And then First Mate Seymour said, “I desire to explore this fair town and to meet the beauties to be found herein. Forgo repast brave lads and join with me in revels up the High Street”. He does narf talk posh does Seymour.
All were in agreement, except Wayne the Anchorman, who will never forgo repast; not for anyone, beauty or no.
And so the crew found themselves across the street from the residence of that most famous beauty, Nicola of Wadebridge. Their angelic like singing and most merry badinage soon brought her to the window of her chambers. And when the veils were withdrawn, to a man, they were summarily reduced to a bunch of incoherent wretches. All except Mister Cleavage whose eyes had obviously failed him at the moment of revelation.
Soon a vast throng had gathered to view this impromptu exhibition of all things Malarkey and a pleasant hour was spent in the jolliest of companies. And the crowning moment of that hour was when Ms Nicola deigned to descend from her lofty vantage to mingle with the crew and join in with their final outburst. She was obviously a lady of some intellect as she managed to disappear before any of the crew could pin down the exact location of her abode.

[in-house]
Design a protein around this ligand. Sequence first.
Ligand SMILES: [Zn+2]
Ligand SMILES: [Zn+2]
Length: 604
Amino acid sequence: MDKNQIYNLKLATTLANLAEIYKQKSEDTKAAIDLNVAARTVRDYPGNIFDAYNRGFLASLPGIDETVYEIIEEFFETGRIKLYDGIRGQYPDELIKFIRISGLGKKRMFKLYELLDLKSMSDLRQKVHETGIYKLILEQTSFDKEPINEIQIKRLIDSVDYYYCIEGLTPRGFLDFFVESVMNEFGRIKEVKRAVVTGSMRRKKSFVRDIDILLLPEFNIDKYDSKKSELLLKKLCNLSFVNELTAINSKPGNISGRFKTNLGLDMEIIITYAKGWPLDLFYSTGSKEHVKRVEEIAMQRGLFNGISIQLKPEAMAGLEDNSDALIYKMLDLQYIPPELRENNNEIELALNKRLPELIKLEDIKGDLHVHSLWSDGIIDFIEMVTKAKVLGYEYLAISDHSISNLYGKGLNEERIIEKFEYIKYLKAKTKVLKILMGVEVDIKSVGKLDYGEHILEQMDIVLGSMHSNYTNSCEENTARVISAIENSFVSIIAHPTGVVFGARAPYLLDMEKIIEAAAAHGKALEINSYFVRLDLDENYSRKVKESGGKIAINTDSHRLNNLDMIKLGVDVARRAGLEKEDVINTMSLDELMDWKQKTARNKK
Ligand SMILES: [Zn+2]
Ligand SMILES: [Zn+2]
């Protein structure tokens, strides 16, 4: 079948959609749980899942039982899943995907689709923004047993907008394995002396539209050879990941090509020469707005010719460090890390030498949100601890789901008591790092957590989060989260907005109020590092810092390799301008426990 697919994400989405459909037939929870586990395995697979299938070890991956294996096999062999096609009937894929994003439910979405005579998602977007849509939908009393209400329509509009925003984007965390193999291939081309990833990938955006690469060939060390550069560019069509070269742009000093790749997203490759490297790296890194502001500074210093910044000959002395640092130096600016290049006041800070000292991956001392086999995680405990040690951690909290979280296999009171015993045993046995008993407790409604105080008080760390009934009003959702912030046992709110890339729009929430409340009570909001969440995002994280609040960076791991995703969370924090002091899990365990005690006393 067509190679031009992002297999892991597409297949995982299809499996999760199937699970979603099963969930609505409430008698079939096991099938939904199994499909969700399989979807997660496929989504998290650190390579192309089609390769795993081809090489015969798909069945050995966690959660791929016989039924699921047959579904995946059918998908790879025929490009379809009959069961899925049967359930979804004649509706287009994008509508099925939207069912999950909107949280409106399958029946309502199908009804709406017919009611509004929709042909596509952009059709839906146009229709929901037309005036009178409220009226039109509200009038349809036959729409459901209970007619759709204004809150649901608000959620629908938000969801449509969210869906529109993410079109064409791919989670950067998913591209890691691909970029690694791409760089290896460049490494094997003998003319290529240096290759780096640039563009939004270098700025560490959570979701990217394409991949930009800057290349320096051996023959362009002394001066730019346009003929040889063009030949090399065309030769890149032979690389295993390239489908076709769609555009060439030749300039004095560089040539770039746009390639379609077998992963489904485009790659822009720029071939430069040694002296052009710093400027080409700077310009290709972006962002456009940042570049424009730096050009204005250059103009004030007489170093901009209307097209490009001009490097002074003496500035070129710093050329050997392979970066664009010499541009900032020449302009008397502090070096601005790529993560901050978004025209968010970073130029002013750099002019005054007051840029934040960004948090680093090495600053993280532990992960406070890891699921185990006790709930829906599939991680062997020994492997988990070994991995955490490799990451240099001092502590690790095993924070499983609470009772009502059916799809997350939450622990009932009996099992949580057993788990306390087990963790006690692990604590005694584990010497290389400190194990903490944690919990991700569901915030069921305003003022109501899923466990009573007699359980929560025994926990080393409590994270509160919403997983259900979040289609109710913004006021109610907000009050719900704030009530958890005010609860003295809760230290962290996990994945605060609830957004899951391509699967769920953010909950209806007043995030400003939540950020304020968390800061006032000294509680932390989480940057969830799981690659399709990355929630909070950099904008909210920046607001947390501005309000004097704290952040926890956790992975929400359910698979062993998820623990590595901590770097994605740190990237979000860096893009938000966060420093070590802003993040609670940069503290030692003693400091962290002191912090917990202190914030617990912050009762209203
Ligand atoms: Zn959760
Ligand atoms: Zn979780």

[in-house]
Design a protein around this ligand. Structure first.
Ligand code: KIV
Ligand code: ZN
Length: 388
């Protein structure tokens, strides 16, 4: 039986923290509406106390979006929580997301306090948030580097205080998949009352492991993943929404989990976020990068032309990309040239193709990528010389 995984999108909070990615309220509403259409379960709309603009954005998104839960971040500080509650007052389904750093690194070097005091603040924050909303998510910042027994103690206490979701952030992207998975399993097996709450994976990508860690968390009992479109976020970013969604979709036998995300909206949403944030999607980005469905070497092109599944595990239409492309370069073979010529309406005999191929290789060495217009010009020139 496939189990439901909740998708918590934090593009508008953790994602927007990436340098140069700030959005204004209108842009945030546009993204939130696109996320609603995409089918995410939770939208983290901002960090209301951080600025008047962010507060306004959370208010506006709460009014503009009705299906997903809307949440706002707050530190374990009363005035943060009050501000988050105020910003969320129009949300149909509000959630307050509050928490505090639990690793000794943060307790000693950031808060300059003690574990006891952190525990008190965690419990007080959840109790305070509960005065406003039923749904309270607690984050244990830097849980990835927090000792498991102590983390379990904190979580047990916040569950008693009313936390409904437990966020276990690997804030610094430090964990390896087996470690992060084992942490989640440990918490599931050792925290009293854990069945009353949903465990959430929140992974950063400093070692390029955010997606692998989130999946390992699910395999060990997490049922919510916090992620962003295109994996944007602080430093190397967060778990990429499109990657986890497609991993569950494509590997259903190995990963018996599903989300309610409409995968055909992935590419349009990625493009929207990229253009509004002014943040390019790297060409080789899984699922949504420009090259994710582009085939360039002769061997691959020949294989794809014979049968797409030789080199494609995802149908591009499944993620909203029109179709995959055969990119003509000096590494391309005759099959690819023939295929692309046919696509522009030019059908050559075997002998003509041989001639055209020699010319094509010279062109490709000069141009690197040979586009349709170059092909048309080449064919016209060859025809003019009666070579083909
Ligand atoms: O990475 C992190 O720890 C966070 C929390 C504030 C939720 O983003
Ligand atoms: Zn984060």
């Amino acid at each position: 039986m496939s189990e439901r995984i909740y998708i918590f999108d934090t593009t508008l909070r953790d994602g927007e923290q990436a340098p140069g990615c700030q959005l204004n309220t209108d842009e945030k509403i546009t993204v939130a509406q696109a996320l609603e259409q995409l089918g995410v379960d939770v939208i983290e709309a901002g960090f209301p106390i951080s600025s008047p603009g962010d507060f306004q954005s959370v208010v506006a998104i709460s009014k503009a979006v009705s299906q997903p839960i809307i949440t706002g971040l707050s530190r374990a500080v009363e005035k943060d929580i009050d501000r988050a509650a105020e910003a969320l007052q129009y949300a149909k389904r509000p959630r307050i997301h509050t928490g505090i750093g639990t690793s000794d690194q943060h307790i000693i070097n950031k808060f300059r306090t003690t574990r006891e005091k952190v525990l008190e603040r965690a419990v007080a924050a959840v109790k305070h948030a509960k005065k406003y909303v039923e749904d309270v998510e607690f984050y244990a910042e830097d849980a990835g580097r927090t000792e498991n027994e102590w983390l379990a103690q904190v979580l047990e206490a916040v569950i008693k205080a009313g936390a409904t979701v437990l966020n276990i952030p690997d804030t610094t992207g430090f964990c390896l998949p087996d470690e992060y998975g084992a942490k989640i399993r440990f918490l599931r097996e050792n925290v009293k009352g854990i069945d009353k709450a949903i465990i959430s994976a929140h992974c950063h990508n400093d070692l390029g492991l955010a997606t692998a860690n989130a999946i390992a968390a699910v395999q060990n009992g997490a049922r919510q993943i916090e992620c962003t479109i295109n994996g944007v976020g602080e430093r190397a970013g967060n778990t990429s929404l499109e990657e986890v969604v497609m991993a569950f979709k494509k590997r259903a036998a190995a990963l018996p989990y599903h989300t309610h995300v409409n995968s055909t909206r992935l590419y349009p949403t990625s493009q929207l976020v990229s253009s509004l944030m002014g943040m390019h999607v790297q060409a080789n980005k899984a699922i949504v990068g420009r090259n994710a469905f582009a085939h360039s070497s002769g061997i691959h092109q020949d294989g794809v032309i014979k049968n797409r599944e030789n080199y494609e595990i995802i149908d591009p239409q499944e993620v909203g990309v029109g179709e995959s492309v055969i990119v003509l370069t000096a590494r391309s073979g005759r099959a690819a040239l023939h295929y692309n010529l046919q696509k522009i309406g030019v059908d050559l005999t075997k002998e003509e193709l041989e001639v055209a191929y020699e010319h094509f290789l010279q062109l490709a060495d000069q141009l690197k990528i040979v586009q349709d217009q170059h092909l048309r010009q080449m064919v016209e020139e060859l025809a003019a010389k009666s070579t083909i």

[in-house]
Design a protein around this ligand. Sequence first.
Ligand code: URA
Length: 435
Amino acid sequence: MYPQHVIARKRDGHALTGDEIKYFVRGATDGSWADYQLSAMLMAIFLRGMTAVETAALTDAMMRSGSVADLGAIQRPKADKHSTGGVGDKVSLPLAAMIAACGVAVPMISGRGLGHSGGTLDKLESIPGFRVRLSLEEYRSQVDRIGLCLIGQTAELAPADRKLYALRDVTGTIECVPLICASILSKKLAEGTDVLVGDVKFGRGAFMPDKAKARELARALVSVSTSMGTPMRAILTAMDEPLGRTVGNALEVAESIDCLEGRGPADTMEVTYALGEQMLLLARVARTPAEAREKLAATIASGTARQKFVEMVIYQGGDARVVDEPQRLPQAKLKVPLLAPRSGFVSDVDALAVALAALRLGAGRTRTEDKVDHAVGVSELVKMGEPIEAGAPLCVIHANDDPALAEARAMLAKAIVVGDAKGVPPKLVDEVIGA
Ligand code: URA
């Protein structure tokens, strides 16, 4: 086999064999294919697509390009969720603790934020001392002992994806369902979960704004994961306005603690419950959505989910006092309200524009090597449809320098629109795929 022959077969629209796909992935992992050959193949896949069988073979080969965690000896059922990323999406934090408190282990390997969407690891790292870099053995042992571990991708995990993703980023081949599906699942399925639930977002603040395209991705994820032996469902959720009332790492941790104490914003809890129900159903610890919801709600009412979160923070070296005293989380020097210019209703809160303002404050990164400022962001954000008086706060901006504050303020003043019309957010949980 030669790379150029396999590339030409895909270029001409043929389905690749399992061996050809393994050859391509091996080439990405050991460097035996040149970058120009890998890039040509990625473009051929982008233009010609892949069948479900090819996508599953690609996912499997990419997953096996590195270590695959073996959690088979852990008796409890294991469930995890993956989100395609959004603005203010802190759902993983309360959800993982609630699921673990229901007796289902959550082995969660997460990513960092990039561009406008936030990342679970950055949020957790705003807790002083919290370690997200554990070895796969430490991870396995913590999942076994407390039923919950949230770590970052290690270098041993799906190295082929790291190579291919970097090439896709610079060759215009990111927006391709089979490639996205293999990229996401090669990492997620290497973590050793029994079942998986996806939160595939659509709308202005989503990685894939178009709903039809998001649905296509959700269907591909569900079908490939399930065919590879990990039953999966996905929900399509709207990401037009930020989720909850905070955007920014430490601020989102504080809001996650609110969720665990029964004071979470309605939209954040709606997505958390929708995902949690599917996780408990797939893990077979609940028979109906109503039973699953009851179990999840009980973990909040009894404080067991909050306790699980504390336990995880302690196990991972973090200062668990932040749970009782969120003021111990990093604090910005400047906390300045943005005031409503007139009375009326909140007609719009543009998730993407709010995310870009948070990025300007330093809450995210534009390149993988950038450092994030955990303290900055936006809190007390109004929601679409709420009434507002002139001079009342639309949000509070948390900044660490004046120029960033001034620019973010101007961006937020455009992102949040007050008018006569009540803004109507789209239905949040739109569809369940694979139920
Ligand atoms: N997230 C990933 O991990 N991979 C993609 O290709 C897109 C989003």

Many hours later at four bells in the first watch the crew were summoned from the local watering holes in order to celebrate the close of day in the company of students of the vocal maritime tradition. Though it were late in the day the crew rose to the challenge, even forgetting to forget their words, harmonies, melodies and activities pursuant with the strict entertainment regime laid down on the Quarterdeck. Height restrictions took some toll on the spectacle while width restrictions certainly produced a close knit crew. But those in attendance who had managed to fight their way to the front of the assembled host warmly received what was laid before them.